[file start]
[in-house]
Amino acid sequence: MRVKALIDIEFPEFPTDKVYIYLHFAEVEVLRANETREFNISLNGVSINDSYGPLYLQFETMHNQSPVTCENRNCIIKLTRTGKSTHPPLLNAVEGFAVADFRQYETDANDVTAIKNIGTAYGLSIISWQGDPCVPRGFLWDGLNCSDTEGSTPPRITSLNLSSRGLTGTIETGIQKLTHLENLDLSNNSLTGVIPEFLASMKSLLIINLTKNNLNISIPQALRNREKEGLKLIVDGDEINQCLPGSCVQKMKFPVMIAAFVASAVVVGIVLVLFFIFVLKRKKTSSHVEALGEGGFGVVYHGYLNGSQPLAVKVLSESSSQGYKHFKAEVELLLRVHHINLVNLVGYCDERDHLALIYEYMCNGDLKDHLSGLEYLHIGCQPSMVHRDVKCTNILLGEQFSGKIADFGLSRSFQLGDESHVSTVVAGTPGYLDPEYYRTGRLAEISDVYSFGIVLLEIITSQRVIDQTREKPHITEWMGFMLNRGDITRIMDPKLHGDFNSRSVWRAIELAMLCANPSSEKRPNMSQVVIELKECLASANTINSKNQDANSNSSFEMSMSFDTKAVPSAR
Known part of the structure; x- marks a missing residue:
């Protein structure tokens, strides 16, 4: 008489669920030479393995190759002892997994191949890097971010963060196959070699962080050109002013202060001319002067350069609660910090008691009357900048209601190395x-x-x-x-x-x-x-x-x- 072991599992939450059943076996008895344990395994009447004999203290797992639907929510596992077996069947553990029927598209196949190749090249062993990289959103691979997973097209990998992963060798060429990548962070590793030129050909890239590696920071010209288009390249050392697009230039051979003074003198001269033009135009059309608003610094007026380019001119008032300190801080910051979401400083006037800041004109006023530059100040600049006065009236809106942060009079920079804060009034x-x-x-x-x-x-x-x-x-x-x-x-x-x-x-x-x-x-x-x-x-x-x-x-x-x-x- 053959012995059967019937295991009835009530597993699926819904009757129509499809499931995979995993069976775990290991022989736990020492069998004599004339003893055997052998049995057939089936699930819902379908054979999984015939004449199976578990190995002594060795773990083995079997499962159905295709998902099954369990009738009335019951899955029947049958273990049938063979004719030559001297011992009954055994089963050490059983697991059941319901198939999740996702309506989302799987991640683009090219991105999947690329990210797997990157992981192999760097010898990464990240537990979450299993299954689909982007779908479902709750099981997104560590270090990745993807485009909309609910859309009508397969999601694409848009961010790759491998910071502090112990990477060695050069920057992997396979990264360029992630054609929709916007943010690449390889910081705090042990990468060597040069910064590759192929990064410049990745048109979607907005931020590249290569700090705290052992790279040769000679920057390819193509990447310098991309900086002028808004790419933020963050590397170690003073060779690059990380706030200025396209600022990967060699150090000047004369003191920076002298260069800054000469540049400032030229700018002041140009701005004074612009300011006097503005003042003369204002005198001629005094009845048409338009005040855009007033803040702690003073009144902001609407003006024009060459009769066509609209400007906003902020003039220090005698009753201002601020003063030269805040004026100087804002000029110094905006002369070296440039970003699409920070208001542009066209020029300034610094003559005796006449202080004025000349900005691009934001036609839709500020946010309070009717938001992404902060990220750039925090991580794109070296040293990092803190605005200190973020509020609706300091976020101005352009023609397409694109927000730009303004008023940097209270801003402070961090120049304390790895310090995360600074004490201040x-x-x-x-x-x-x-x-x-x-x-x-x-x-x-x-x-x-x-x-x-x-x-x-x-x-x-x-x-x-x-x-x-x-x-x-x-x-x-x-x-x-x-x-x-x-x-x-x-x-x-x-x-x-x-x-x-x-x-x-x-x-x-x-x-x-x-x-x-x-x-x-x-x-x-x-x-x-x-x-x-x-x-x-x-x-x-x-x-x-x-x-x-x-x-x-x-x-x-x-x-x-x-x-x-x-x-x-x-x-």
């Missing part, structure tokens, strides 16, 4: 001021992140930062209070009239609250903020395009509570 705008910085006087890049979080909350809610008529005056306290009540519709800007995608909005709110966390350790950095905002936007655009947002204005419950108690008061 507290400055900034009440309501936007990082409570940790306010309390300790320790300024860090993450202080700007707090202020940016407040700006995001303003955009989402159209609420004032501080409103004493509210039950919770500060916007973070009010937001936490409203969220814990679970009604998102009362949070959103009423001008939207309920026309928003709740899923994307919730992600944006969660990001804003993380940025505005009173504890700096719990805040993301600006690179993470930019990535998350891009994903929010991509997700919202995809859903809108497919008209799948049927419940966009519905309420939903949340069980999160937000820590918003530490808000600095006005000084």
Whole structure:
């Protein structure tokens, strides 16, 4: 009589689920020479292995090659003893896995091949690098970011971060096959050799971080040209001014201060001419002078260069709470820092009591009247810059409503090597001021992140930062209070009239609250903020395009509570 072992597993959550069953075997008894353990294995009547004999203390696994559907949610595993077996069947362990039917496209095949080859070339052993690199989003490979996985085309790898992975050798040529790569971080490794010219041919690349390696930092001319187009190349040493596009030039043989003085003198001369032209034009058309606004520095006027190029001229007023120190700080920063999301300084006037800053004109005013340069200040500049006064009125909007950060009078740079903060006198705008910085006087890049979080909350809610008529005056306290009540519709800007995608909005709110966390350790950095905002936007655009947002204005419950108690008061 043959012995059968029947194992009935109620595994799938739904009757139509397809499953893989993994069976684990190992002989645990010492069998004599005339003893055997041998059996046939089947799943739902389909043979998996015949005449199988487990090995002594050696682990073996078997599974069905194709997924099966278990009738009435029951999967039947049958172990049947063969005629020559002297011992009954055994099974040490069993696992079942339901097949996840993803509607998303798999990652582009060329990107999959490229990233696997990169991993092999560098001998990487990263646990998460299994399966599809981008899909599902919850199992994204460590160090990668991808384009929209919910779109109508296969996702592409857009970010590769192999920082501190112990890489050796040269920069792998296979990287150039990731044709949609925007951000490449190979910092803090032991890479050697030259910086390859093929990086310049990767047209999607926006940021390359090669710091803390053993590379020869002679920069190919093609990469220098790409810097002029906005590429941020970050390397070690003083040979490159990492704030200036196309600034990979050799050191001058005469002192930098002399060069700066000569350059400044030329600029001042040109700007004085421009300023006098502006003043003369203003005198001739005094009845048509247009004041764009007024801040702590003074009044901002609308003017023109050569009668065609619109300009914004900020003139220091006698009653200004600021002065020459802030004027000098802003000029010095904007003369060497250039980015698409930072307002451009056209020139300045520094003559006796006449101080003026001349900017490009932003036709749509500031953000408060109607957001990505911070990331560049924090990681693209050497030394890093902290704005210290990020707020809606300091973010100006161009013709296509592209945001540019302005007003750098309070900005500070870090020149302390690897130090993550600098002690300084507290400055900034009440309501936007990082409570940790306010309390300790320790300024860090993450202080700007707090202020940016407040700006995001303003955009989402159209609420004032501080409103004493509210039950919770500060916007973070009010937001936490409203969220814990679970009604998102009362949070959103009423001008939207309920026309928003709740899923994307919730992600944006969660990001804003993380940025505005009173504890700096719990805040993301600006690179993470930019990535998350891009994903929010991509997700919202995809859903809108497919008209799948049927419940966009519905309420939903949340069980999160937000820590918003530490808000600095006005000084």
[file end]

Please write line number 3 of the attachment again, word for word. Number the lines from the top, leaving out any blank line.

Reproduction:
Known part of the structure; x- marks a missing residue: